Page:Folk-lore - A Quarterly Review. Volume 4, 1893.djvu/547

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Miscellanea.

46. A criminal tribe in Madras consecrate their "jemmy" to Perumal before setting out, and crave his aid.

47. Sacred Arms at Amritsar.

48. Marriage by Capture in the House of Taimur. 60. Same in Tibet (and a trace of matriarchate).

49. Khamars.—Worship of Muchak Rani, a small oblong stone, daubed with red lead. They marry it every three years (formerly it was once a year) with many ceremonies to a bridegroom who is supposed to reside in a cave, into which they drop it.

53. Two boys' games.

86-94. A variety of children's games, with the rhymes sung at them. Mention is made of the following curious fact: "On the 3rd of Sawan the women swing each other as a sort of religious ceremony." [Similar to the αίώρα in Greece.]

95. Aboriginal houses.

96. Menstruation.

97. Details as to the Nat tribe.

99. If a woman loses her sons, she gets the nose of a newborn son bored, to pretend he is a girl. The nose-ring is worn till marriage, when it is removed by the bride's mother.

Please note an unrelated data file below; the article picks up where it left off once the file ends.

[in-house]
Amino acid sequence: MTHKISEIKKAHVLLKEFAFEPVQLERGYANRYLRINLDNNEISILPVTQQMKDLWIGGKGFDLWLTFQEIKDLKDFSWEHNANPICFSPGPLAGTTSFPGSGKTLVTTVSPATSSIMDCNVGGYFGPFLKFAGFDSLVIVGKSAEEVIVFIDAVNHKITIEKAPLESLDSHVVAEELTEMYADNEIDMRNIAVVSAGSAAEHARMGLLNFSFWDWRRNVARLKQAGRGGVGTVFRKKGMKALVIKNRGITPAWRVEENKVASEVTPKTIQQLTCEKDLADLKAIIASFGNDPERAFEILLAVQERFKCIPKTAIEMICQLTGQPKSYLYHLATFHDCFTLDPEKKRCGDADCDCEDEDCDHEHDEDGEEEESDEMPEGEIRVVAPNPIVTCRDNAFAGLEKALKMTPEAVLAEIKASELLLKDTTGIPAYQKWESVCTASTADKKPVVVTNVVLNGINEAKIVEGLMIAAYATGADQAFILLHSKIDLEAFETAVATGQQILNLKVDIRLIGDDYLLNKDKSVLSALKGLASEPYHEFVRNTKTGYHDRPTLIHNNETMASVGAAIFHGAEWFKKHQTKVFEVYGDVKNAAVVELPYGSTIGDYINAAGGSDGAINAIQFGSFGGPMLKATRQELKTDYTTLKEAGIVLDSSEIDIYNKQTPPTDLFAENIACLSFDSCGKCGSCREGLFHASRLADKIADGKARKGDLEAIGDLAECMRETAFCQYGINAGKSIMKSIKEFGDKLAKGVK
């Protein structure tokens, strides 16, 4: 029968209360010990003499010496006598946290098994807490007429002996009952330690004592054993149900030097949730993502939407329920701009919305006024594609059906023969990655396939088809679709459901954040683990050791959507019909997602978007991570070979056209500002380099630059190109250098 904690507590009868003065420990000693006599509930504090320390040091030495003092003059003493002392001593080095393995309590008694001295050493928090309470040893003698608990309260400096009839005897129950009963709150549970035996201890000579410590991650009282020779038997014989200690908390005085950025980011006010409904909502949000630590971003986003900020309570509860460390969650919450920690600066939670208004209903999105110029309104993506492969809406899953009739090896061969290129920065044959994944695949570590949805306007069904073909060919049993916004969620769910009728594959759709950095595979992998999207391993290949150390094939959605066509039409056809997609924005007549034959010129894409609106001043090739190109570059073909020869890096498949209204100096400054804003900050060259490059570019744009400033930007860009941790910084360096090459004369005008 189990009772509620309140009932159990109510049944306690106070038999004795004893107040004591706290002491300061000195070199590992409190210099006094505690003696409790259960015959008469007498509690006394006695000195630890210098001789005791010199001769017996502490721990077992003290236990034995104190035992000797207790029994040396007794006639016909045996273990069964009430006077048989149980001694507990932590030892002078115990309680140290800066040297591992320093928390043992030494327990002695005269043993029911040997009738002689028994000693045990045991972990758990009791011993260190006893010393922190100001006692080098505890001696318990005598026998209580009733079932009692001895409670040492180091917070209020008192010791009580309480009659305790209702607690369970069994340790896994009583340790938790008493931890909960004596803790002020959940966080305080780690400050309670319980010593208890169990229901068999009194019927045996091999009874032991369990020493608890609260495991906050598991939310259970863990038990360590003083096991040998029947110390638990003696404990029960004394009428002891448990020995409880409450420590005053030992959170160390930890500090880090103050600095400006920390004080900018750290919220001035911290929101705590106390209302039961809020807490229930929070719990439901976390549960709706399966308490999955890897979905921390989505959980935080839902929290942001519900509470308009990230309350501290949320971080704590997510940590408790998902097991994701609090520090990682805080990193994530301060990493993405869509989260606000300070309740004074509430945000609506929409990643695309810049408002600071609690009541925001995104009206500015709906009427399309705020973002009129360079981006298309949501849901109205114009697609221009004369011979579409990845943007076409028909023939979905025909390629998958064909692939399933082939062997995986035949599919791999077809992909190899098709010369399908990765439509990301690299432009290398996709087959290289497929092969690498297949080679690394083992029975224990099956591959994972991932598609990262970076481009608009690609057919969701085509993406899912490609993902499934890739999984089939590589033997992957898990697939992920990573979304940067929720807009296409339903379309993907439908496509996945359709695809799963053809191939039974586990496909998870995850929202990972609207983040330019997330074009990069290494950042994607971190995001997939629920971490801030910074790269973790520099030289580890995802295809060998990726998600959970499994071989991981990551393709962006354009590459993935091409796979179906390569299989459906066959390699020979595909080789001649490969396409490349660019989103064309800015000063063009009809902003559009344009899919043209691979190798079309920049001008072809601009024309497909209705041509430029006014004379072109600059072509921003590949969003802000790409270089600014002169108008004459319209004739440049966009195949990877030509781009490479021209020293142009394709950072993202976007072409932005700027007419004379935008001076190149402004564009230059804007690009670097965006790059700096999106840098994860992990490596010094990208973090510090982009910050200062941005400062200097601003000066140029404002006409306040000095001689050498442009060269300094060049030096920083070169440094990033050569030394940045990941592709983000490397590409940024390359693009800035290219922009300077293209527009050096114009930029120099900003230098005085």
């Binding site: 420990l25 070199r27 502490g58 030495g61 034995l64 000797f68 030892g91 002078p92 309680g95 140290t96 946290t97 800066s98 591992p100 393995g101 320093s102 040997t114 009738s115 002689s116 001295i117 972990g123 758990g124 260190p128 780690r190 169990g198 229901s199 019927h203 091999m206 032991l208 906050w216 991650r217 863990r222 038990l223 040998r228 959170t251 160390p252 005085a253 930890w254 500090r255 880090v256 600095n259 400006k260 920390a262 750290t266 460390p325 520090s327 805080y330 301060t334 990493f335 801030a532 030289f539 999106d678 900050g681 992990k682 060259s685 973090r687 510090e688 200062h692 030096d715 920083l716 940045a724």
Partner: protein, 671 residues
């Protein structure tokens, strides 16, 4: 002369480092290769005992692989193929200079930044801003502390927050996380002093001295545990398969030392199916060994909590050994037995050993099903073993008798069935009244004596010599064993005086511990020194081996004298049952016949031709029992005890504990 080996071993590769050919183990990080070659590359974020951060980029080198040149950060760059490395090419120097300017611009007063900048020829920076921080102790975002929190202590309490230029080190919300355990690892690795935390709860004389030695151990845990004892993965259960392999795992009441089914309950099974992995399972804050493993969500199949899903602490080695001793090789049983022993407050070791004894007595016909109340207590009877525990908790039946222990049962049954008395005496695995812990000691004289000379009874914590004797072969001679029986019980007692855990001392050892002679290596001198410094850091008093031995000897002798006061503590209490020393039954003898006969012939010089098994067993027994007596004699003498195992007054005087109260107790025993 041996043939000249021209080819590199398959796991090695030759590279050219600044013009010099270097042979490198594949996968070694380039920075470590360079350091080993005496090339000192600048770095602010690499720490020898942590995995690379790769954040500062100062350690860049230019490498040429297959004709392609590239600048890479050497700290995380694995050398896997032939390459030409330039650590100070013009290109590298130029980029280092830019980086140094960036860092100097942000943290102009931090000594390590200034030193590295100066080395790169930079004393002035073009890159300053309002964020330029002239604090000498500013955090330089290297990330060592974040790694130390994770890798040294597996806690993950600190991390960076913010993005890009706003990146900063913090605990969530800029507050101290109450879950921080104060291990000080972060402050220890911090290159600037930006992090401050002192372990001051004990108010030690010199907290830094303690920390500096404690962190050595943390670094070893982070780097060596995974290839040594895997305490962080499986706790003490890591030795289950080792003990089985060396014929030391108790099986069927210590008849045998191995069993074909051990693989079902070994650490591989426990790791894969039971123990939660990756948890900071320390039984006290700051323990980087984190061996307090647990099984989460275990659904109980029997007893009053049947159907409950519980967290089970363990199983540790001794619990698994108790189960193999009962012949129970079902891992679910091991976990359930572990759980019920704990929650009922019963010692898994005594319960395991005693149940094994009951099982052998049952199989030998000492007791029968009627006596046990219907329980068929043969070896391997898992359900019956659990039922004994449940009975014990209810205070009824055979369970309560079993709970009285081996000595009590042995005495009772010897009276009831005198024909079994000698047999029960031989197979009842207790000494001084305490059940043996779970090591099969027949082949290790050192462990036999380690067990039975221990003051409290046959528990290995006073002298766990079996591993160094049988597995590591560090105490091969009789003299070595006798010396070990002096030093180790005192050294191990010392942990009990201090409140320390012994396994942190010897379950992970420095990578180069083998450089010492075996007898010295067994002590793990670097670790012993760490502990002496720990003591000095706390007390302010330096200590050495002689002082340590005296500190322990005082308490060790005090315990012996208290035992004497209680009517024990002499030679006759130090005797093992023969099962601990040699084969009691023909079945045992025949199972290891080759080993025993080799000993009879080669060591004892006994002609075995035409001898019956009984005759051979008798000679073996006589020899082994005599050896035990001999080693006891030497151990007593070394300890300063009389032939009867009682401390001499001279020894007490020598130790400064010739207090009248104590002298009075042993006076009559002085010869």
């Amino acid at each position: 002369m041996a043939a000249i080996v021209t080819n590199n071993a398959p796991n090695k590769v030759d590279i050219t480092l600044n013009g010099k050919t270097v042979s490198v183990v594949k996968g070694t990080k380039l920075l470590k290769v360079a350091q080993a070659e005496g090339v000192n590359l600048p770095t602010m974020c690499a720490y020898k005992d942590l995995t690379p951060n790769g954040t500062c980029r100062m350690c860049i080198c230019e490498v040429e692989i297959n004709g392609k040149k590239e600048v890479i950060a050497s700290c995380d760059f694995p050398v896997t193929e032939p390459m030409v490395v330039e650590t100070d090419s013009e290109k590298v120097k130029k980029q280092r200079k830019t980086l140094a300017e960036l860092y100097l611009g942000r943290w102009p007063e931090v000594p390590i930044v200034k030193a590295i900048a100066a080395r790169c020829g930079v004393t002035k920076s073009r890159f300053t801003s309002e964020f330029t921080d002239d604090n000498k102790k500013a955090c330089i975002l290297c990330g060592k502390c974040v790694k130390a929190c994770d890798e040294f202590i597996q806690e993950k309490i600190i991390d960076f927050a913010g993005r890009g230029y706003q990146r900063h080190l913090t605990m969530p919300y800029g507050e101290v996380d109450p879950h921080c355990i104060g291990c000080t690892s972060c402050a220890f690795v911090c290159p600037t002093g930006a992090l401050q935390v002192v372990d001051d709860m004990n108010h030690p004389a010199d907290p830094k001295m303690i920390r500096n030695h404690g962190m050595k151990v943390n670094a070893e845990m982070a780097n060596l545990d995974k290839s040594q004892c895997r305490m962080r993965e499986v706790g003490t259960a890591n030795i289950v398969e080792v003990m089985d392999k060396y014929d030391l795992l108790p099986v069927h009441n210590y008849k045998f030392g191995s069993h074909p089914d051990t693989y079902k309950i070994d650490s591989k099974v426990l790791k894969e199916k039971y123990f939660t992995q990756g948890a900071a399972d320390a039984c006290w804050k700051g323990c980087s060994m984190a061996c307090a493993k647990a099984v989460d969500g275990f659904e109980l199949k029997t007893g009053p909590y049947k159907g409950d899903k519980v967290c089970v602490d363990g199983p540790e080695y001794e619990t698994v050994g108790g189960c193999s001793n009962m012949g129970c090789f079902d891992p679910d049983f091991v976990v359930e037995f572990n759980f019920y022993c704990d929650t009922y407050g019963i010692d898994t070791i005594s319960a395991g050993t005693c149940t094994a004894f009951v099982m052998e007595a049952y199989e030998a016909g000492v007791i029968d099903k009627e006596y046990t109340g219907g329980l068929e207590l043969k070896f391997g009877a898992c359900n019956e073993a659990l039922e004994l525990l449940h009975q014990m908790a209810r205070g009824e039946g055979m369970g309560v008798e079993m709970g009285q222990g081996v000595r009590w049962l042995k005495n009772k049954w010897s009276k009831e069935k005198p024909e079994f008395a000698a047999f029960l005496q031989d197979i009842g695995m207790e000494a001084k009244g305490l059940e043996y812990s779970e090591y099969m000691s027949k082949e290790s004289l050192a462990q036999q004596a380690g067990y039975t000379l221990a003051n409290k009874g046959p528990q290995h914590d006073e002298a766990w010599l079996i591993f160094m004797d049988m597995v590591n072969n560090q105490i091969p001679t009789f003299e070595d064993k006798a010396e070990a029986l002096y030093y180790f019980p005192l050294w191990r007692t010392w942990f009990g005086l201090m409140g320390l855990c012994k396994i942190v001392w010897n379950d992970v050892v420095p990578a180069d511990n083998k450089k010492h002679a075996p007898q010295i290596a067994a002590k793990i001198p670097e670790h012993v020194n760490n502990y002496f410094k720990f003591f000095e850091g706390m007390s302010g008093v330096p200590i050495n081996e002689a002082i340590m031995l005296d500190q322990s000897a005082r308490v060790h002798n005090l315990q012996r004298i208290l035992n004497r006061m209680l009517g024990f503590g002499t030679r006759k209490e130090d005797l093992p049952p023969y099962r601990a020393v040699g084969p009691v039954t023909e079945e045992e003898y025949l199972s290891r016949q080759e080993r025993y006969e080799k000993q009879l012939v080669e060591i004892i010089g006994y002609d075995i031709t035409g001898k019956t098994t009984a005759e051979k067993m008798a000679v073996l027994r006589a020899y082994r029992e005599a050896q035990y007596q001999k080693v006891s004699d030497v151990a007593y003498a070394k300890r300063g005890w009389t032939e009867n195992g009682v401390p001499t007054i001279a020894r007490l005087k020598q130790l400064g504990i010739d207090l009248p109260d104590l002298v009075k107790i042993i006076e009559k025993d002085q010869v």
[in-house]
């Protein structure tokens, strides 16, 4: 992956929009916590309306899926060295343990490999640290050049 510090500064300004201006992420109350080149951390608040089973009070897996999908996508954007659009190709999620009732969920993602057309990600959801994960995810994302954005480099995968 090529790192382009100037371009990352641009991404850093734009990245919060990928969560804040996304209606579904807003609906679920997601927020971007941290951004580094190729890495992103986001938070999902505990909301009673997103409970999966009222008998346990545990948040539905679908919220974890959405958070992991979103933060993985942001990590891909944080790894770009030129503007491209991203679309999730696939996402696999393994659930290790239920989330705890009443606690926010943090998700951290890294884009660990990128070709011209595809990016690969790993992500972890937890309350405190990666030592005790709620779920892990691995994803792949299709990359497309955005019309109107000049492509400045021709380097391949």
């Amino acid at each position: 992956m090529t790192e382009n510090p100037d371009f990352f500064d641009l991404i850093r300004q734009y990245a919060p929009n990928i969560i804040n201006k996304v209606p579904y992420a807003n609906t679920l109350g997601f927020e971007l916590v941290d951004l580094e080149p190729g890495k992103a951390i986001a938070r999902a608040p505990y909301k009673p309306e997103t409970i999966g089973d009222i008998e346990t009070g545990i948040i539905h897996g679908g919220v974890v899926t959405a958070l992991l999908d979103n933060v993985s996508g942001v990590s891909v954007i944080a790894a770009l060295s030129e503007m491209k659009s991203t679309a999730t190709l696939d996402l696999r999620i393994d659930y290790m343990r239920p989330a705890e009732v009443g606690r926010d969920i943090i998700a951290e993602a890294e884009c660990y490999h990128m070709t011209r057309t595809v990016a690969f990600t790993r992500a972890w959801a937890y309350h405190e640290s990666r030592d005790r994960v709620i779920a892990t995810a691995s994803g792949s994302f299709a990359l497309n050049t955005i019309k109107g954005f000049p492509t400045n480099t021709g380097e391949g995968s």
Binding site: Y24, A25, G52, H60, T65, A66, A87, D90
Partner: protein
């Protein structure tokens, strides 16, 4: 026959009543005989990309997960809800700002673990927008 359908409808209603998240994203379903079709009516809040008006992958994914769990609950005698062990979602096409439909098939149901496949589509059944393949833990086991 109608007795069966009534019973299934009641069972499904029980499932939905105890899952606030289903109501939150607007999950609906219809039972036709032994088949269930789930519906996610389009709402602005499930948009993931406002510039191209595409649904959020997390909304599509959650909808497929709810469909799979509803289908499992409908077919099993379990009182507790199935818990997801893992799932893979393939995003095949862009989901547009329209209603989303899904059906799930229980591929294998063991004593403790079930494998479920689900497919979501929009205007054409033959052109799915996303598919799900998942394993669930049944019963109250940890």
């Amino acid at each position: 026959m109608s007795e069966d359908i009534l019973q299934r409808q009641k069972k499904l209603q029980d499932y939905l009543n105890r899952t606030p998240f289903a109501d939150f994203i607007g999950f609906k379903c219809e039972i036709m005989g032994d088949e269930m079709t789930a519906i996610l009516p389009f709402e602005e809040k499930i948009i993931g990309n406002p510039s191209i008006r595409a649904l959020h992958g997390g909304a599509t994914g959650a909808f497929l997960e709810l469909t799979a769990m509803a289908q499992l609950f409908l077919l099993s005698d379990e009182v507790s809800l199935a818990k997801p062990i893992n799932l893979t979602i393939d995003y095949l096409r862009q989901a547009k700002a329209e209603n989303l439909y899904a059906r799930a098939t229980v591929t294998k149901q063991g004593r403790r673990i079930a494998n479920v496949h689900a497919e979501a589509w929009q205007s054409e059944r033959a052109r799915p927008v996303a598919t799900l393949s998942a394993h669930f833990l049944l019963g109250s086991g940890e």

Anthropology.

<poem>8. Kumaun Sorcery.—Mode of "medicine" for disease, as practised on the writer's cousin. A formula is given. The usual noise is made. A light is lit, and must be kept burning during the whole period of treatment. A net is brought, and cut bit by bit by the family and bystanders (symbolical).
Cow's urine used for purification by a Brahman.

9. South Mirzapur; Aborigines; Death-Ceremonies.—Trace of the deceased shows itself in the footmark of a rat or weasel. Offerings of food to deceased spirit. Worship of the soul of the deceased, done (with offerings) in the family cooking-house (so elsewhere). The Bhuiyars put up the ridge-pole of the house always on a Friday. After it is put up, if a bird sits on it, or a crackling noise is heard in the wood, it is very unlucky. If this happens, they take down the ridge-pole, and will not use it again. [Cp. Hesiod, Op. 742 μηδε δόμον ποίών ανεπίξεστον καταλειπειν μή τοι εφεζογένη κρώζη λακερυζα κορώνη: .] — Kharwars. No one sits on the threshold of the house, or touches it (so others). At marriages, they tie on house-doors and wedding-shed a string of mango leaves, which, after the wedding', is thrown into a running stream. In epidemic of cholera and small-pox they hang before the door an old shoe or old broom.

11. Almonds used as money.